Stopping Distances

 

An article by Eddie Wren

(Amended, August 2004)

 

With the advent of better brakes, vehicle stopping distances have reduced somewhat over the years but it has to be remembered that, no matter how good the brakes and tires, the laws of physics don’t change.

The most important point for any driver to remember is that if you double your speed — say from 30mph to 60mph — your braking distance does not become twice as long, it becomes four times as far.

Because there are differences between various vehicles, the following tables are for guidance only. The biggest factor in stopping distances is the speed at which a driver reacts to seeing the hazard in question. Under ordinary driving conditions, very few drivers indeed can get onto the brakes within half a second, and two-thirds of a second to a full second is more typical.2

Most frighteningly, Australian research has shown that the very people we expect to have the fastest reactions — young drivers — are particularly prone to effectively ‘freeze up’ with fear, at the sight of an unexpected hazard ahead, and their reaction time can therefore exceed two seconds.

Lastly, don’t forget that when you read the 60-0mph figures in literature for new cars, the automaker is giving you only the braking distance, not the overall stopping distance.

 

Stopping Distances for Dry Pavement/Road 1

 

SpeedThinking

Distance 2

Braking

Distance

Overall

Stopping Distance

Comparisons

20 mph20 feet

  20 feet

  40 feet
30 mph30 feet  45 feet  75 feetFull  length of  tractor/semi-trailer or articulated wagon
40 mph40 feet  80 feet120 feet
50 mph50 feet125 feet175 feet
60 mph60 feet180 feet240 feet
70 mph70 feet245 feet315 feet(USA = “Touchdown !”)
80 mph80 feet320 feet400 feetAbout six semi-trailer or articulated wagon lengths 3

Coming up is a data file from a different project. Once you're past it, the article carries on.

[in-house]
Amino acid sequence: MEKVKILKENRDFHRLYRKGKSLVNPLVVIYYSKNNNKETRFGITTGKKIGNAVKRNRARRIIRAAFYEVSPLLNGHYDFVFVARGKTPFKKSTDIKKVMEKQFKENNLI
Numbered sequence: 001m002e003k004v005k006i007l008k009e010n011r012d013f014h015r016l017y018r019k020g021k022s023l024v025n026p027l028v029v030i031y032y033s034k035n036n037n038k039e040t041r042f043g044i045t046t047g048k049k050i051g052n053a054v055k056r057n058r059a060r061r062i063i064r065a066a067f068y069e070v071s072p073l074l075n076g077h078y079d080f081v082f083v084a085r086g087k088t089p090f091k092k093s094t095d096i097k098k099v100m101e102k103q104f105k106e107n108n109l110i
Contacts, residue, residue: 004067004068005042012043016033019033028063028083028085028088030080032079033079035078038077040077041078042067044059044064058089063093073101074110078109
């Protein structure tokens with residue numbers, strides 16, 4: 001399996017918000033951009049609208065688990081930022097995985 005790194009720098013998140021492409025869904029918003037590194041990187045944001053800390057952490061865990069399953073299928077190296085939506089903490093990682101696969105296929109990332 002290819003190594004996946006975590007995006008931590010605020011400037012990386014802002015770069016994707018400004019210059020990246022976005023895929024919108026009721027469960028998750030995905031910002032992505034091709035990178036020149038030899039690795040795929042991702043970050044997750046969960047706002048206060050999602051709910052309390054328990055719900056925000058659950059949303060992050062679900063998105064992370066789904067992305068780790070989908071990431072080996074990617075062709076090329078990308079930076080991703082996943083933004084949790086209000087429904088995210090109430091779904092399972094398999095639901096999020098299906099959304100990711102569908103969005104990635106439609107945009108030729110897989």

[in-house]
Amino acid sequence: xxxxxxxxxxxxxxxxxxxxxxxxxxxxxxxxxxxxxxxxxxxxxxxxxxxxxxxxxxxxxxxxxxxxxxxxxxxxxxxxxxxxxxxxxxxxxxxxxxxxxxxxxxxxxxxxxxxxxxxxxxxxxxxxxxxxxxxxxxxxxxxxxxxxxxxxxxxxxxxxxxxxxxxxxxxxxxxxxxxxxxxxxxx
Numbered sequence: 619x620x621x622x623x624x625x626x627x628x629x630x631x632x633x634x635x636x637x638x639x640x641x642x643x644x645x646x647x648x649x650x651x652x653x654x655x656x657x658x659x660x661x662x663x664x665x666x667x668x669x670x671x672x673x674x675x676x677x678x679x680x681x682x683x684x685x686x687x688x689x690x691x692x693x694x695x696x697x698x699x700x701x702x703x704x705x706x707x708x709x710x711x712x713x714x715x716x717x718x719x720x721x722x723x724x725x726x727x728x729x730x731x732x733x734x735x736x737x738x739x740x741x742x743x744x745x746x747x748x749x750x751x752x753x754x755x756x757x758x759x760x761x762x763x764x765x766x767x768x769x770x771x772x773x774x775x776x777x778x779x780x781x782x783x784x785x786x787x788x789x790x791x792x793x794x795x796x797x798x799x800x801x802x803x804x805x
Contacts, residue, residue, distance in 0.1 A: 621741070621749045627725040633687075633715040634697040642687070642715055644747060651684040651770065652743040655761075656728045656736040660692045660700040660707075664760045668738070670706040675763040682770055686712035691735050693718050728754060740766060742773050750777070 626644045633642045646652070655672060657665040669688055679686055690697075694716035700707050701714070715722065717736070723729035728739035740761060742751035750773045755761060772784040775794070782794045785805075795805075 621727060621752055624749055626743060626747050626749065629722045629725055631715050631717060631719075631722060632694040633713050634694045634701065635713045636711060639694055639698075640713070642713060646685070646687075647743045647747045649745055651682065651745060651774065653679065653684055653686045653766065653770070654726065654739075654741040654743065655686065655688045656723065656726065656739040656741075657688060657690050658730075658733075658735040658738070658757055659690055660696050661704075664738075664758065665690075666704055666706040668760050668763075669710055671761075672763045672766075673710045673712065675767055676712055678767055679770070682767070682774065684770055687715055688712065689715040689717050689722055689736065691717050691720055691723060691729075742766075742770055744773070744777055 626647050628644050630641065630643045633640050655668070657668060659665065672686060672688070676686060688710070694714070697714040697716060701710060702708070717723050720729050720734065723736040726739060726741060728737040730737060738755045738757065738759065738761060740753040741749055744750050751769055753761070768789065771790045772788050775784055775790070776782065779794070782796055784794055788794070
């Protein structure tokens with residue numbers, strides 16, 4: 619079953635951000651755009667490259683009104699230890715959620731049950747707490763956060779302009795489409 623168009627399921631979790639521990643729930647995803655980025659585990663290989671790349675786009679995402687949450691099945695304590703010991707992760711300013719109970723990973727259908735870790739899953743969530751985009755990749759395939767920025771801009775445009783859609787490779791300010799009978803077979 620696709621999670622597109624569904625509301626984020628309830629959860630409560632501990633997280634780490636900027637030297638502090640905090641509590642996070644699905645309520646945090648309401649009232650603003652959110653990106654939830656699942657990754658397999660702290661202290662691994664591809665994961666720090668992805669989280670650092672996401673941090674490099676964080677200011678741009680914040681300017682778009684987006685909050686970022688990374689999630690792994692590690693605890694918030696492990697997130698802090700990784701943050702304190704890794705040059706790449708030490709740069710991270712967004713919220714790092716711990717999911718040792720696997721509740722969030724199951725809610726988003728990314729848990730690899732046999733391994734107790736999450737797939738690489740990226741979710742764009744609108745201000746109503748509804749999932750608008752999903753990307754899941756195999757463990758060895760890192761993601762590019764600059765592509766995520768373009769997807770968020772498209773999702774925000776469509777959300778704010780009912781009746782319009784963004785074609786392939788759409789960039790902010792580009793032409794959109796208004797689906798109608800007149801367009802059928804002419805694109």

(Copyright ©, Eddie Wren, and Drive and Stay Alive, Inc., 2003 onwards)

 

Stopping Distances for Wet Pavement/Road 1

 

 

SpeedThinking

Distance 2

Possible Braking

Distance

Overall Stopping Distance Can Be:

Comparisons

20 mph20 feet

  40 feet

  60 feet
30 mph30 feet  90 feet120 feet
40 mph40 feet160 feet200 feet
50 mph50 feet250 feet300 feet(USA = Touchdown !)
60 mph60 feet360 feet420 feet
70 mph70 feet490 feet560 feet
80 mph80 feet640 feet720 feetAlmost two and a half American Football fields 3

 

(Copyright ©, Eddie Wren, and Drive and Stay Alive, Inc., 2003 onwards)

Remember – 1: When the road is icy or covered with compacted snow, or diesel fuel has been spilled (which is a particular risk near certain gas stations) the ‘braking distance’ for your vehicle can be as much as ten times further than for dry roads/pavement.

Remember – 2: ……………Any fool can drive fast enough to be dangerous!

Notes

1  For non-US readers, ‘pavement’ is the American word for the road surface. We are not referring to the British meaning of the word, which is the same as the American ‘sidewalk’.

2  The ‘thinking distances’ shown allow for two-thirds of a second reaction time. This varies from one driver to another and for individuals who are ill, tired or simply not concentrating, it can be much longer.

3  The 80mph examples are not here to condone breaking any speed limits, rather to illustrate the extra dangers faced by, and caused by, those people who exceed the usual highway limits.